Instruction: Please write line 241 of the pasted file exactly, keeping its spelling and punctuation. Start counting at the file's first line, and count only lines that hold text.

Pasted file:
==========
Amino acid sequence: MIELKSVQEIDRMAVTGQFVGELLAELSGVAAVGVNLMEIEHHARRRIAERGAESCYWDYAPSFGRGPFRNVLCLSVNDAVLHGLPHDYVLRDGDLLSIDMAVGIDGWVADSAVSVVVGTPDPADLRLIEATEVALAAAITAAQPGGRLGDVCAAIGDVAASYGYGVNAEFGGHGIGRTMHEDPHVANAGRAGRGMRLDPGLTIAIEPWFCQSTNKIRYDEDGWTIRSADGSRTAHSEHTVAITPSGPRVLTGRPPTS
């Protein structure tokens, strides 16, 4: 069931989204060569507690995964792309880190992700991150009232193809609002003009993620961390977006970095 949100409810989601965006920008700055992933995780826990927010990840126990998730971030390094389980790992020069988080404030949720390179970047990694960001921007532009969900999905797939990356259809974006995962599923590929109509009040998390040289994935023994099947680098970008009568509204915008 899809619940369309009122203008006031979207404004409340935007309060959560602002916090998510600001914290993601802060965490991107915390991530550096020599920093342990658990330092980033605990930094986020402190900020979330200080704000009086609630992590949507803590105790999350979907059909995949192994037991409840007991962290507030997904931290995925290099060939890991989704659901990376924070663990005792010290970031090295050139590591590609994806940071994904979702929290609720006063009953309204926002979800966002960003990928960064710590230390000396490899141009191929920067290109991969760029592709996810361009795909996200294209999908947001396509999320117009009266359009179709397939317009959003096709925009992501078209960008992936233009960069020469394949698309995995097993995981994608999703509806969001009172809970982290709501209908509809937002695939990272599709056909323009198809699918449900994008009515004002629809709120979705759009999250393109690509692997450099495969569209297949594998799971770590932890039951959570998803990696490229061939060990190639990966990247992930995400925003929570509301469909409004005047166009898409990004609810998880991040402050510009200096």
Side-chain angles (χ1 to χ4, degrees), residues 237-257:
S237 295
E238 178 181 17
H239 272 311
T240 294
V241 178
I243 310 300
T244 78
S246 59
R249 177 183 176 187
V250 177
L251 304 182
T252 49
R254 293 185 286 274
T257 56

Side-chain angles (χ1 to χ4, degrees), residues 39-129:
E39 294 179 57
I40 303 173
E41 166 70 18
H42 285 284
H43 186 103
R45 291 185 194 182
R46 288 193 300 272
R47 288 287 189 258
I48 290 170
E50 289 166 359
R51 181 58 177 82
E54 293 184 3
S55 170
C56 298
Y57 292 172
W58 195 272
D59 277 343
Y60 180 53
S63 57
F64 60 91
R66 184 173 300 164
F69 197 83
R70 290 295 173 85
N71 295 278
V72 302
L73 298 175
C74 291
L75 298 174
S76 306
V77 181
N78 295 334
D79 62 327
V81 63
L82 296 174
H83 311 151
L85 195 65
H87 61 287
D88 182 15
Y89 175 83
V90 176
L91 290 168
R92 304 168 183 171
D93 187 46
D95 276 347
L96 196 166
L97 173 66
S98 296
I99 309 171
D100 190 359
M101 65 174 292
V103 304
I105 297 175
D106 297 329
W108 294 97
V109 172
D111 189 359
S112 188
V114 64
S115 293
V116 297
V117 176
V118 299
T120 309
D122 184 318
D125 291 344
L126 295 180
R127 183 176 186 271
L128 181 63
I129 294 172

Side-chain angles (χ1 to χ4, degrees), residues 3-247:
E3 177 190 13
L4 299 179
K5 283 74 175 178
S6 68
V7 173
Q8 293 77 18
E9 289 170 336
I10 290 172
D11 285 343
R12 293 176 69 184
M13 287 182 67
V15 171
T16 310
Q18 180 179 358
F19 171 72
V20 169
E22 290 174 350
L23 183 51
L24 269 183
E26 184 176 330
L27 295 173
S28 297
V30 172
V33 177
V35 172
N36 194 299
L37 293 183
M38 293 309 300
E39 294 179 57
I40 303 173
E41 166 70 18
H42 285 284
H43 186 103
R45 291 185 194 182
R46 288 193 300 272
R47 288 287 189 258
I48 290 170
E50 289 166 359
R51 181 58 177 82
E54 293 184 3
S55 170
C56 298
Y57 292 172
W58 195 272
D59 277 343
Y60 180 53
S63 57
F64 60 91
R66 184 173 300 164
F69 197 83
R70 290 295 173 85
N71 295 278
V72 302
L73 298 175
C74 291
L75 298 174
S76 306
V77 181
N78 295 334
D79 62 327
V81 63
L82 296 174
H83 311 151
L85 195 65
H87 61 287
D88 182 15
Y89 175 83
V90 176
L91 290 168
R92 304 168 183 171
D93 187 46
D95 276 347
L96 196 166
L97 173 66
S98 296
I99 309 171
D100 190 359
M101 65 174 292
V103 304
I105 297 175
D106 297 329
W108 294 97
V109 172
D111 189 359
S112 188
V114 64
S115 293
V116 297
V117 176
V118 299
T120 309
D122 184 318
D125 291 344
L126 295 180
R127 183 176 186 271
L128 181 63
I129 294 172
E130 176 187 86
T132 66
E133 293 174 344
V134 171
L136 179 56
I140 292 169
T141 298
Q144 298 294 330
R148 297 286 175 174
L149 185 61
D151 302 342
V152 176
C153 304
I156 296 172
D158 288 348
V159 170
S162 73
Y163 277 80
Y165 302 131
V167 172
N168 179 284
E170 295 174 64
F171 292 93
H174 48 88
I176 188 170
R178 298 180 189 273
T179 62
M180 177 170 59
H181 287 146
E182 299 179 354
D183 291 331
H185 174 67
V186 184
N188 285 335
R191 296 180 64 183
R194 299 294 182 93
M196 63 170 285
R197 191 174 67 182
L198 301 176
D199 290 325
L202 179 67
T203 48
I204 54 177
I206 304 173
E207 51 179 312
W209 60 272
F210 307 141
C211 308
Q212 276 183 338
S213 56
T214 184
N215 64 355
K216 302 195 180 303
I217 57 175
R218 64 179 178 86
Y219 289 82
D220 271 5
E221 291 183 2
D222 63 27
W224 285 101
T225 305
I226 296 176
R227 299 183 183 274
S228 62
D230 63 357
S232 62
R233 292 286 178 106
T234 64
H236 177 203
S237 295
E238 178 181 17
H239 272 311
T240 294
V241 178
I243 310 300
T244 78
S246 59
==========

Y219 289 82